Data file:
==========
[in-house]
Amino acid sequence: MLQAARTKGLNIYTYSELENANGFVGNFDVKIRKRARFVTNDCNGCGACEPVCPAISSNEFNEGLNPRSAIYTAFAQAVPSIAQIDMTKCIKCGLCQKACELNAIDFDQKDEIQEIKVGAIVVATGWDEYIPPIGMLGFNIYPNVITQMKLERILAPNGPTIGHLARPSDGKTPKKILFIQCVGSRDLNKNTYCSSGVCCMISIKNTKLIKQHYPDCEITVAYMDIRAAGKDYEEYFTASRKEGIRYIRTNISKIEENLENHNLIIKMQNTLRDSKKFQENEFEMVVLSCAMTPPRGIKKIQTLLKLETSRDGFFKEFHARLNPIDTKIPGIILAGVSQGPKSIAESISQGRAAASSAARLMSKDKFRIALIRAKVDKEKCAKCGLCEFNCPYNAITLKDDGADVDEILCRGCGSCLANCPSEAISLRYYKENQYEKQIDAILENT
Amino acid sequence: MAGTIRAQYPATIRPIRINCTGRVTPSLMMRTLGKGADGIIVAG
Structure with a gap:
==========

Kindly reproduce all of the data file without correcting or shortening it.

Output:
[in-house]
Amino acid sequence: MLQAARTKGLNIYTYSELENANGFVGNFDVKIRKRARFVTNDCNGCGACEPVCPAISSNEFNEGLNPRSAIYTAFAQAVPSIAQIDMTKCIKCGLCQKACELNAIDFDQKDEIQEIKVGAIVVATGWDEYIPPIGMLGFNIYPNVITQMKLERILAPNGPTIGHLARPSDGKTPKKILFIQCVGSRDLNKNTYCSSGVCCMISIKNTKLIKQHYPDCEITVAYMDIRAAGKDYEEYFTASRKEGIRYIRTNISKIEENLENHNLIIKMQNTLRDSKKFQENEFEMVVLSCAMTPPRGIKKIQTLLKLETSRDGFFKEFHARLNPIDTKIPGIILAGVSQGPKSIAESISQGRAAASSAARLMSKDKFRIALIRAKVDKEKCAKCGLCEFNCPYNAITLKDDGADVDEILCRGCGSCLANCPSEAISLRYYKENQYEKQIDAILENT
Amino acid sequence: MAGTIRAQYPATIRPIRINCTGRVTPSLMMRTLGKGADGIIVAG
Structure with a gap: